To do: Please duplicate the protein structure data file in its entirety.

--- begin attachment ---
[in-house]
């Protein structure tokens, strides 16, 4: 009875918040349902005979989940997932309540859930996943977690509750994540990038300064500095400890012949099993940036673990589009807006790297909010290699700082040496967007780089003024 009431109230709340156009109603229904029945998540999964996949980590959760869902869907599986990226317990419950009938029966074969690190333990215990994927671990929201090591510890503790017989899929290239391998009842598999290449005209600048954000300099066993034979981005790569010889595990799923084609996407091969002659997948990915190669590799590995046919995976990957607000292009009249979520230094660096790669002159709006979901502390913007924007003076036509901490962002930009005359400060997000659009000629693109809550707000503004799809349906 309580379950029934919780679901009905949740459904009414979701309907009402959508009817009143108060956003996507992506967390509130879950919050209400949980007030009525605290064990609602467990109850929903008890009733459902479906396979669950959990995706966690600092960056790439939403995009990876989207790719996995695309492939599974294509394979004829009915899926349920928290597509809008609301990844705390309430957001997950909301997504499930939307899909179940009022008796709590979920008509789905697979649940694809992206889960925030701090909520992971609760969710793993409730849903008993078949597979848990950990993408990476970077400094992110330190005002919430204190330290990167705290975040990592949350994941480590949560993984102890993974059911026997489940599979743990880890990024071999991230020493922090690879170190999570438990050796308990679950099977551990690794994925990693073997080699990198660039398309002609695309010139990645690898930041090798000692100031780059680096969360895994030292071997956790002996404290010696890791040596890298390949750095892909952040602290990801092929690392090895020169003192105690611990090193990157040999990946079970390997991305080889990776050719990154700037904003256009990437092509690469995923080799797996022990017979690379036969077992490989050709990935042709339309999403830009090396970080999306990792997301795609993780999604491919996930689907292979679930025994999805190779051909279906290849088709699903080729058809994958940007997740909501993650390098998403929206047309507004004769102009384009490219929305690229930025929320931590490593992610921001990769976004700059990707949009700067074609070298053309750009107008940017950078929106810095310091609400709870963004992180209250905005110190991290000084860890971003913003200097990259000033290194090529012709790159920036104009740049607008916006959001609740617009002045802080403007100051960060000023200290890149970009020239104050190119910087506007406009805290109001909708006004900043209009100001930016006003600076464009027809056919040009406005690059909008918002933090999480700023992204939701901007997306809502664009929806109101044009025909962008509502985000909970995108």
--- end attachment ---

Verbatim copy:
[in-house]
């Protein structure tokens, strides 16, 4: 009875918040349902005979989940997932309540859930996943977690509750994540990038300064500095400890012949099993940036673990589009807006790297909010290699700082040496967007780089003024 009431109230709340156009109603229904029945998540999964996949980590959760869902869907599986990226317990419950009938029966074969690190333990215990994927671990929201090591510890503790017989899929290239391998009842598999290449005209600048954000300099066993034979981005790569010889595990799923084609996407091969002659997948990915190669590799590995046919995976990957607000292009009249979520230094660096790669002159709006979901502390913007924007003076036509901490962002930009005359400060997000659009000629693109809550707000503004799809349906 309580379950029934919780679901009905949740459904009414979701309907009402959508009817009143108060956003996507992506967390509130879950919050209400949980007030009525605290064990609602467990109850929903008890009733459902479906396979669950959990995706966690600092960056790439939403995009990876989207790719996995695309492939599974294509394979004829009915899926349920928290597509809008609301990844705390309430957001997950909301997504499930939307899909179940009022008796709590979920008509789905697979649940694809992206889960925030701090909520992971609760969710793993409730849903008993078949597979848990950990993408990476970077400094992110330190005002919430204190330290990167705290975040990592949350994941480590949560993984102890993974059911026997489940599979743990880890990024071999991230020493922090690879170190999570438990050796308990679950099977551990690794994925990693073997080699990198660039398309002609695309010139990645690898930041090798000692100031780059680096969360895994030292071997956790002996404290010696890791040596890298390949750095892909952040602290990801092929690392090895020169003192105690611990090193990157040999990946079970390997991305080889990776050719990154700037904003256009990437092509690469995923080799797996022990017979690379036969077992490989050709990935042709339309999403830009090396970080999306990792997301795609993780999604491919996930689907292979679930025994999805190779051909279906290849088709699903080729058809994958940007997740909501993650390098998403929206047309507004004769102009384009490219929305690229930025929320931590490593992610921001990769976004700059990707949009700067074609070298053309750009107008940017950078929106810095310091609400709870963004992180209250905005110190991290000084860890971003913003200097990259000033290194090529012709790159920036104009740049607008916006959001609740617009002045802080403007100051960060000023200290890149970009020239104050190119910087506007406009805290109001909708006004900043209009100001930016006003600076464009027809056919040009406005690059909008918002933090999480700023992204939701901007997306809502664009929806109101044009025909962008509502985000909970995108």